Recent Blog Posts
On this episode of The Korea File podcast, a conversation with UCLA PhD candidate in Asian Languages and Cultures Tommy Tran about his research on Japan’s Korean diaspora, including:
1) the colonial-era origins of Jeju migration to Osaka,
2) the role of terror and violence in migration trends during the Korean Civil War and Jeju’s 4.3 Massacre and
3) the Osaka diaspora’s sense of identity as pre-division Koreans.
This is the first of a two-part episode.
Music on this episode: Hwan Keum-sim's 'Cholibdong'
Inside the Wonhyo shrine hall at Jaeseoksa Temple in Gyeongsan, Gyeongsangbuk-do.
Hello Again Everyone!!
You first approach the temple down a few narrow side-streets, until you stumble upon Jaeseoksa Temple almost by chance. The entrance gate that awaits you is beautifully painted with various images like Sanshin Dosa and a pair of intense Vajra Warriors adorning the temple doors.
Stepping inside the temple courtyard, you’ll first notice the temple buildings that line the exterior walls to the temple confines. These are the nuns’ living quarters, the visitors centre, as well as the temple kitchen. Straight ahead lies the temple’s main hall. This hall is beautifully decorated both inside and out. Around the exterior walls, there are the traditional Palsang-do set that depict the life of the Buddha. The front latticework consists of the Four Heavenly Kings. And there are some extremely descriptive Nathwi (Monster Mask) reliefs at the base of the latticework. As for inside the main hall, and resting on the main altar, there’s a triad of statues centred by Seokgamoni-bul (The Historical Buddha), who is joined on either side by Yaksayore-bul (The Medicine Buddha) and Amita-bul (The Buddha of the Western Paradise). The rest of the hall is filled with beautiful murals like the Dragon Ship of Wisdom and the guardian mural.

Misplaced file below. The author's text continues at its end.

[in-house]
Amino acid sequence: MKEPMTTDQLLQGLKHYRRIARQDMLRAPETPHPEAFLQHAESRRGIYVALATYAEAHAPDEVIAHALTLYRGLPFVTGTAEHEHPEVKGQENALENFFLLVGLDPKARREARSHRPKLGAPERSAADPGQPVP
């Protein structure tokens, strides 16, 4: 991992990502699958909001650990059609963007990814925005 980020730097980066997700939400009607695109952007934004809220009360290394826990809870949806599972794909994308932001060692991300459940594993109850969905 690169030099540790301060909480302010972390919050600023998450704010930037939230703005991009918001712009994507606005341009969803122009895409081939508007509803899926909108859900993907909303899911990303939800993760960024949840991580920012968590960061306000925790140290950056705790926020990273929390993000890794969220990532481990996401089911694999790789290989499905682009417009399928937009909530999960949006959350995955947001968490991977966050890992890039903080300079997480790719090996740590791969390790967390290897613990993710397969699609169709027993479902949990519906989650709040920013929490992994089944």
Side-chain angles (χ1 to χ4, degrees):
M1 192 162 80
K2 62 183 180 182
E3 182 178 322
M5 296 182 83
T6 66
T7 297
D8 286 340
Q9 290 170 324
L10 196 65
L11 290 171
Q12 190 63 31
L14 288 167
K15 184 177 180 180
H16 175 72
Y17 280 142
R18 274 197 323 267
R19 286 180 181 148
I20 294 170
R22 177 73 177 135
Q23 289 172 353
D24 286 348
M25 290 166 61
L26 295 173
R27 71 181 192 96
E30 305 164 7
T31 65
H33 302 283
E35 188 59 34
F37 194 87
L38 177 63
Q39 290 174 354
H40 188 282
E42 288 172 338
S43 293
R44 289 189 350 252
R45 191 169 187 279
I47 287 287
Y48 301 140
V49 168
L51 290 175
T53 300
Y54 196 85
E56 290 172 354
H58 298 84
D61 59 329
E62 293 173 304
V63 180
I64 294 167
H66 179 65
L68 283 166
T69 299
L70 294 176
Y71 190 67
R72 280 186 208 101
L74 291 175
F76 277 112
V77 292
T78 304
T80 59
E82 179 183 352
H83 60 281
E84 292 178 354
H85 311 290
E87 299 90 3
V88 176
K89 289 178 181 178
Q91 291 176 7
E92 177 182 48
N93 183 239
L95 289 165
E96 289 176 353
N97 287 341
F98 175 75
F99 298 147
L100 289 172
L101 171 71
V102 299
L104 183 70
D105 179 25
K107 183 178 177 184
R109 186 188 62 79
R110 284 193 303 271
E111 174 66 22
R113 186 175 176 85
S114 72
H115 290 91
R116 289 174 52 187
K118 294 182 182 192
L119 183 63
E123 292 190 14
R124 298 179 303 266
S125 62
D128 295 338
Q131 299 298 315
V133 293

To the left of the main hall, and slightly elevated, is the smaller sized Samseong-gak shaman shrine hall. The exterior walls are adorned with the three most popular shaman deities in the Korean pantheon as is the interior. Resting in the centre of the main altar inside the Samseong-gak is an older, elaborate mural dedicated to Chilseong (The Seven Stars). This painting is joined to the left by an older, longer ear lobed mural dedicated to Sanshin (The Mountain Spirit), who is joined by a leopard-looking tiger at his side. Rounding out the three is a more modern painting of Dokseong (The Lonely Saint).
The final hall that visitors can explore is one of the most original halls I’ve seen at a Korean temple. This hall is dedicated to the hometown monk, Wonhyo-daesa. The exterior walls are adorned with various murals from his life like the fish pointing scene from Oeosa Temple in Pohang, Gyeongsangbuk-do or his friendship with Uisang-daesa. As for the interior, there’s the highly original Palsang-do set of eight paintings. But instead of depicting the Buddha’s life from birth to death, they depict the life of Wonhyo-daesa. And resting on the main altar is a golden statue of Wonhyo-daesa.
HOW TO GET THERE: From the Gyeongsan Intercity Bus Terminal, you’ll need to walk about 300 metres, or five minutes, to get to the Gyeongsan Shijang (market) bus stop. From there, you’ll need to take Bus #990. After twenty stops, or twenty-two minutes, you’ll need to get off at the Jainmyeon Sahmuso (office).From there, walk about 450 metres, or seven minutes, to get to Jaeseoksa Temple.
You can take a bus, or you can simply take a taxi from the Gyeongsan Intercity Bus Terminal. If you do decide to take a taxi from there, it’ll last about 17 minutes and cost 11,000 won.
OVERALL RATING: 6.5/10. This is a difficult temple to rate. While smaller in size, Jaeseoksa Temple has quite a few highly original features like the stunning set of eight Palsang-do murals dedicated to Wonhyo-daesa. Also, the Four Heavenly Kings adorning the main hall’s front latticework, as well as the beautiful shaman murals, make this temple a must see if you’re in the Gyeongsan, Gyeongsangbuk-do hometown of the famed Wonhyo-daesa.
The entry gate at Jaeseoksa Temple.
What appears to be a Sanshin Dosa painted on the entry gate.
One of the fierce Vajra warriors adorning the entry door at the temple.
A look towards the main hall and an arching tree that obscures the view.
One of the faces of the Four Heavenly Kings that adorns the lattices of the main hall.
One of the Nathwi adorning the main hall.
A giant ornamental dragon on the exterior of the main hall.
The main altar inside the main hall.